Art and Politics in another politically charged week

There we were, minding our own business as we stared out into the dark abyss of our lockdown melancholy, when we were most unexpectedly interrupted by the discovery of a 33m Vulva carved into the side of a hill in Brazil.

What a most welcome distraction!
A shining example of politically charged art inspiring passionate reactions; indignation, jubilation, conversation and reflection.

Juliana Notari’s “Diva”-16m wide, 6m deep and 33m long- seemingly appeared just in time, as President Bosonaro, responding to Argentinas decision to legalise abortion, declared to never approve abbortion in Brazil. As we write this a new POTUS is to be inaugurated today, and we celebrate the end of reign of at least one leader who has turned back time on the progression of human rights.

The bright red vulva appears almost violent, like a deep wound in the land. And so it should. The disintegration of human rights is an act of violence, so too is the division of equality, or the ripping out and burning of rainforests.

Notari is no stranger to controversial art. Her work often hinges somewhere between exploration, intrusion, and liberation. The works themselves juggling violence and vulnerability, often inspire extreme stomach-churning discomfort.

Take “Mimoso” (2014), where the artist is tied naked to a buffalo (due for castration), at the beach and dragged across the sand, before later witnessing said castration and then eating its freshly removed raw testicle. Although visually quite a violent act, she allowed her own vulnerability to be experienced first, by being dragged by the bull, before witnessing an act that is actually a very normal part of life, and ate flesh that would otherwise presumably have been wasted.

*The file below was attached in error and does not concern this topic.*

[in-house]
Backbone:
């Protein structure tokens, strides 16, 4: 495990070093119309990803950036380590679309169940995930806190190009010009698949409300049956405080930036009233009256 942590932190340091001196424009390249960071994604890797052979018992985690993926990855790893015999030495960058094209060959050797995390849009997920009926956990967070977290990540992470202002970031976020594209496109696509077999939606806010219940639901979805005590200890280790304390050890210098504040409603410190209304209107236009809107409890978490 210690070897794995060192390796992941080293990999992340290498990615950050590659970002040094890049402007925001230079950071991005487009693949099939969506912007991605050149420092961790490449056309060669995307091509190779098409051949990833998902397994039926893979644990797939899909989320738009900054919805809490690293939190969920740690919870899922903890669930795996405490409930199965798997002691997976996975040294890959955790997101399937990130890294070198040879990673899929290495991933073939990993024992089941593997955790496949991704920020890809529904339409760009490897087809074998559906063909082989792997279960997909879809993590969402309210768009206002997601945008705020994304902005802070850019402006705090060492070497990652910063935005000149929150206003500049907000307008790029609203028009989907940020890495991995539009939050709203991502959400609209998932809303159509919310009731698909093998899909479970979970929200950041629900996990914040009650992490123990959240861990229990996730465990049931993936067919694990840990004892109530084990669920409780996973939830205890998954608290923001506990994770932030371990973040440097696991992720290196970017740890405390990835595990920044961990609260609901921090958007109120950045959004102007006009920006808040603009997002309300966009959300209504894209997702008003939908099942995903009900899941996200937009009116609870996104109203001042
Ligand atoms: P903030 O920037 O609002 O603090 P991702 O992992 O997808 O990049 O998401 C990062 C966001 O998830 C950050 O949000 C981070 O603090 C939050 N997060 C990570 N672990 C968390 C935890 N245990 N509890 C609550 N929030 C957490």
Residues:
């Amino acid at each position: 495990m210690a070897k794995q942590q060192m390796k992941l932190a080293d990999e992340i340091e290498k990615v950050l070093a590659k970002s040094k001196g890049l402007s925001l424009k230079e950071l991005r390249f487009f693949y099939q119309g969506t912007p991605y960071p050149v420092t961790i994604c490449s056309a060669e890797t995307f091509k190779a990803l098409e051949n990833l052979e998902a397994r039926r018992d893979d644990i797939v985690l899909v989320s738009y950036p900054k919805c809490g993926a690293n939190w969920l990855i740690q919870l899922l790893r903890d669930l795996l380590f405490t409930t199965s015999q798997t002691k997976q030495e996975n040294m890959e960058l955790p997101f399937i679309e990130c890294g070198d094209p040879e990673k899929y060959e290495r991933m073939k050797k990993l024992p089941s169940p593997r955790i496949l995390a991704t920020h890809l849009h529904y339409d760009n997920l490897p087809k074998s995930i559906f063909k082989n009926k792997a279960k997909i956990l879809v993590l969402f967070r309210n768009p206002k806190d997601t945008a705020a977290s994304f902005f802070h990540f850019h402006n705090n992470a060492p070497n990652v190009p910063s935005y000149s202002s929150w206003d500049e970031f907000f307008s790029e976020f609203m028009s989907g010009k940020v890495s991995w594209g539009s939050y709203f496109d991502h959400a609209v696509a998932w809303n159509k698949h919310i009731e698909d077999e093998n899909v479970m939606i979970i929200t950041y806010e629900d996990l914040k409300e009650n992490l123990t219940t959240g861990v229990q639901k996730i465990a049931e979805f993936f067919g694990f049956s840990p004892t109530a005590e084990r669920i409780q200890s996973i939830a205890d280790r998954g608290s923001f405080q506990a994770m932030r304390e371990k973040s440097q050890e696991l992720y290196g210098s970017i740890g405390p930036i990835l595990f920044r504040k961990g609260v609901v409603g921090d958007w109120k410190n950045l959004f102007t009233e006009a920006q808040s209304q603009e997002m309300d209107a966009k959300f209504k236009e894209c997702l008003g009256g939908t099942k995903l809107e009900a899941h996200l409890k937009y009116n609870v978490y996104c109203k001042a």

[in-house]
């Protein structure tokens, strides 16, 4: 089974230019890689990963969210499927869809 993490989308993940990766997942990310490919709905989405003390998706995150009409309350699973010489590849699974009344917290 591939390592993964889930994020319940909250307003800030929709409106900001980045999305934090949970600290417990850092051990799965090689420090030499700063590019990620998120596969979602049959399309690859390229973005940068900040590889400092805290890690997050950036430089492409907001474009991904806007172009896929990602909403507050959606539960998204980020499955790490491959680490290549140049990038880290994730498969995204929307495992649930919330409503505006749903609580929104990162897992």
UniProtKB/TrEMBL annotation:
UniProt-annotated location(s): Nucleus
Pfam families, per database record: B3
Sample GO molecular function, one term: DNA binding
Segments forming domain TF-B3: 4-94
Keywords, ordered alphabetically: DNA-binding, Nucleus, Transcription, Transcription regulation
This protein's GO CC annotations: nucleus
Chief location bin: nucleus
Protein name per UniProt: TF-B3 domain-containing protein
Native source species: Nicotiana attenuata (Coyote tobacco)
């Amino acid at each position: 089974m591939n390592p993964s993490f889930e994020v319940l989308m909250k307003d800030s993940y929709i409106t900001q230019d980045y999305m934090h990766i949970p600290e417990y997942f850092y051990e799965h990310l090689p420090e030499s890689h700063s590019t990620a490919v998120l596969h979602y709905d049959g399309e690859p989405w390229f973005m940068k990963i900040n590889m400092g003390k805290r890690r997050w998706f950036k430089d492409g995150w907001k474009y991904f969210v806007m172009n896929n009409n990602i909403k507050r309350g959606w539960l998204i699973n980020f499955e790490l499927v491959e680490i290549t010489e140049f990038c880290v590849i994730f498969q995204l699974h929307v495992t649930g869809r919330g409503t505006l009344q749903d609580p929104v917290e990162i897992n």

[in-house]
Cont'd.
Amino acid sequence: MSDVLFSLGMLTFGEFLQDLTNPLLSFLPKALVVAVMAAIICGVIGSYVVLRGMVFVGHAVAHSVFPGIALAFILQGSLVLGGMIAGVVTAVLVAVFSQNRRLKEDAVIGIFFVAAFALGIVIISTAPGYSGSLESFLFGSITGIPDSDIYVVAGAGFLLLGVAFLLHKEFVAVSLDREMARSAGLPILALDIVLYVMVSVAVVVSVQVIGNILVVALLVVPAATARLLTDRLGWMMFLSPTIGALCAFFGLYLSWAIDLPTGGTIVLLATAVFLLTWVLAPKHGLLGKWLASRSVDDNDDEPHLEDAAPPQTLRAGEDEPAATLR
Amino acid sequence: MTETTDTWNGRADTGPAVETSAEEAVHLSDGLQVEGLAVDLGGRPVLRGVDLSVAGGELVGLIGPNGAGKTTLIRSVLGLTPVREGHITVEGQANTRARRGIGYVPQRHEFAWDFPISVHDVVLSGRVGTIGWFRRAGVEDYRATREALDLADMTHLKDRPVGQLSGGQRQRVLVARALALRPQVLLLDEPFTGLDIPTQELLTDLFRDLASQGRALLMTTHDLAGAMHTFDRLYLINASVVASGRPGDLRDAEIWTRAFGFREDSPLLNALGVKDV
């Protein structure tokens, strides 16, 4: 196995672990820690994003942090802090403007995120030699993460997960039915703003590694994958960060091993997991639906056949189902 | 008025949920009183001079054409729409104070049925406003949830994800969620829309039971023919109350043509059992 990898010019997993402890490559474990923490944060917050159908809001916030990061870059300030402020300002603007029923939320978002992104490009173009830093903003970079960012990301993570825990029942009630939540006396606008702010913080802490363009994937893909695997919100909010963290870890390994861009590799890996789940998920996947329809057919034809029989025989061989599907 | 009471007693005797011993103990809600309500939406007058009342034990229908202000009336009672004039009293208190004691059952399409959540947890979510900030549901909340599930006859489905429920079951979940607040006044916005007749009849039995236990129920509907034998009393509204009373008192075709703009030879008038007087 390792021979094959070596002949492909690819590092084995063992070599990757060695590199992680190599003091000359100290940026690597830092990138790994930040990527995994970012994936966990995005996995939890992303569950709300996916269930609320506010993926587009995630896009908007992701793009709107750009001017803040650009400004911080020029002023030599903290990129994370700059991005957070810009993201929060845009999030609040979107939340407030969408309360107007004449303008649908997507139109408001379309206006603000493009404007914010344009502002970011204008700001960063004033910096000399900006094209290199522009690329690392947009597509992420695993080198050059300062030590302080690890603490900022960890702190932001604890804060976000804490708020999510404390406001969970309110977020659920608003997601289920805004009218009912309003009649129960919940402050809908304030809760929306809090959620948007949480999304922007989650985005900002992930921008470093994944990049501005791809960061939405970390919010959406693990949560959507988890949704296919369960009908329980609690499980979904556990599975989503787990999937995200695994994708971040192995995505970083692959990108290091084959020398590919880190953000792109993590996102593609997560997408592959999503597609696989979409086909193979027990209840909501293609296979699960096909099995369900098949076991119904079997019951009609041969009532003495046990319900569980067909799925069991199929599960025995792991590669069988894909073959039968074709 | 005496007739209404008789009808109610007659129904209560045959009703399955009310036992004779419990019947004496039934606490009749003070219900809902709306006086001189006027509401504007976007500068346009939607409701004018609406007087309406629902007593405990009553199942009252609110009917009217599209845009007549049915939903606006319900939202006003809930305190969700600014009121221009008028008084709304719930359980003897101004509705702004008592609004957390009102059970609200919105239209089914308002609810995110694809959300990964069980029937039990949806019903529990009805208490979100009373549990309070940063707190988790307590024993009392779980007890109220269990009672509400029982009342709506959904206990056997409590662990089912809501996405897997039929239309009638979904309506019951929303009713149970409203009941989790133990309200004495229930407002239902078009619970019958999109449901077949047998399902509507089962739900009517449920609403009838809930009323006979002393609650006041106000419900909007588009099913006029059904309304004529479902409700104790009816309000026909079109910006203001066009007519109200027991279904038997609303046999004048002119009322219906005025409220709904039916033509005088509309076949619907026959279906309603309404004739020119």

The news that art is also political discourse isn’t actually news to anyone, and more and more artists seem to be taking space in the political or activist sphere- but keeping an eye on what is being developed can only help in our understanding of current events.

Take a look at some your favourite artist-activists, and see what they’re up to currently, or how they fare in our rankings. There is a world of insight just waiting for you…

Juliana Notari, Diva  2020, Sculpture, 33 metre-high
Juliana Notari
Juliana Notari Mimoso 2014, Videoperformance (video projection on three walls),05:16 minutes